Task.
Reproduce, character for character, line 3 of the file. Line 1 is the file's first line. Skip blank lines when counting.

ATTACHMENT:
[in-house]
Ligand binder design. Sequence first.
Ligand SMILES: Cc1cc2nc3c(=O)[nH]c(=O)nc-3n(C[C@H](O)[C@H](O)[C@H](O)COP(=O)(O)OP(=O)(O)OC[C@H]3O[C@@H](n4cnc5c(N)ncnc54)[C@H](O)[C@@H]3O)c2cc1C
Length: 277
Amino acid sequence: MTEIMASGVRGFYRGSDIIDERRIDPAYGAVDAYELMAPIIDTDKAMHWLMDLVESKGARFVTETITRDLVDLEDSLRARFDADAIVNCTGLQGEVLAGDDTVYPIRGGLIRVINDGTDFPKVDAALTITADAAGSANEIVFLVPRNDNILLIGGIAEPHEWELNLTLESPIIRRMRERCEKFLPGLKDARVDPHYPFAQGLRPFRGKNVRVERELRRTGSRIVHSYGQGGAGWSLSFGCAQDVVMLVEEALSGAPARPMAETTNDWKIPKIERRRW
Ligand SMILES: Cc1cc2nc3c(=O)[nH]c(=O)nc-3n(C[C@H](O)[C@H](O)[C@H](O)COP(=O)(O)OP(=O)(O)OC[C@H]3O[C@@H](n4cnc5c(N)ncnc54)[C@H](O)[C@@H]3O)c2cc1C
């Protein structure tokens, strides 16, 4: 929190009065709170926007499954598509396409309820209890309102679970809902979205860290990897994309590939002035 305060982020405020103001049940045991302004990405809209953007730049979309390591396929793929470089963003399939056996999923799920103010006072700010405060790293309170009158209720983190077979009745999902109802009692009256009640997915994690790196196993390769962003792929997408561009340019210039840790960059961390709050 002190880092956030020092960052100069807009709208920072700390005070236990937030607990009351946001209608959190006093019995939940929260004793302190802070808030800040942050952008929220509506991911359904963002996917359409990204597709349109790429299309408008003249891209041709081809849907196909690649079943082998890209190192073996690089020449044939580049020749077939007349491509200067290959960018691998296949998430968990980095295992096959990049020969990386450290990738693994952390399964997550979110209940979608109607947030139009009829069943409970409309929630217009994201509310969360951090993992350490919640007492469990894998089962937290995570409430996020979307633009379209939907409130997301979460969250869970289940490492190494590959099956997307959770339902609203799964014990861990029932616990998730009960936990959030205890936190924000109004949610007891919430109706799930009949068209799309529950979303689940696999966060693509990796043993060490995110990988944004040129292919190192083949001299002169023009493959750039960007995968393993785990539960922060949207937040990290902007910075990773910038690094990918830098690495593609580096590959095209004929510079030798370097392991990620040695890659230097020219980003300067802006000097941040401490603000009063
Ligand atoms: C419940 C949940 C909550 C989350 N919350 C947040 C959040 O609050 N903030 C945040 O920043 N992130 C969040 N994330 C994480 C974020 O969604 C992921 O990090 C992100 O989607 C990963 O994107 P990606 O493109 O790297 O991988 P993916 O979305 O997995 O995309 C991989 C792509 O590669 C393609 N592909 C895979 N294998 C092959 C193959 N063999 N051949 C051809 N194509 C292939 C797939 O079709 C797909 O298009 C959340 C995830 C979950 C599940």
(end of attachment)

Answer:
Ligand SMILES: Cc1cc2nc3c(=O)[nH]c(=O)nc-3n(C[C@H](O)[C@H](O)[C@H](O)COP(=O)(O)OP(=O)(O)OC[C@H]3O[C@@H](n4cnc5c(N)ncnc54)[C@H](O)[C@@H]3O)c2cc1C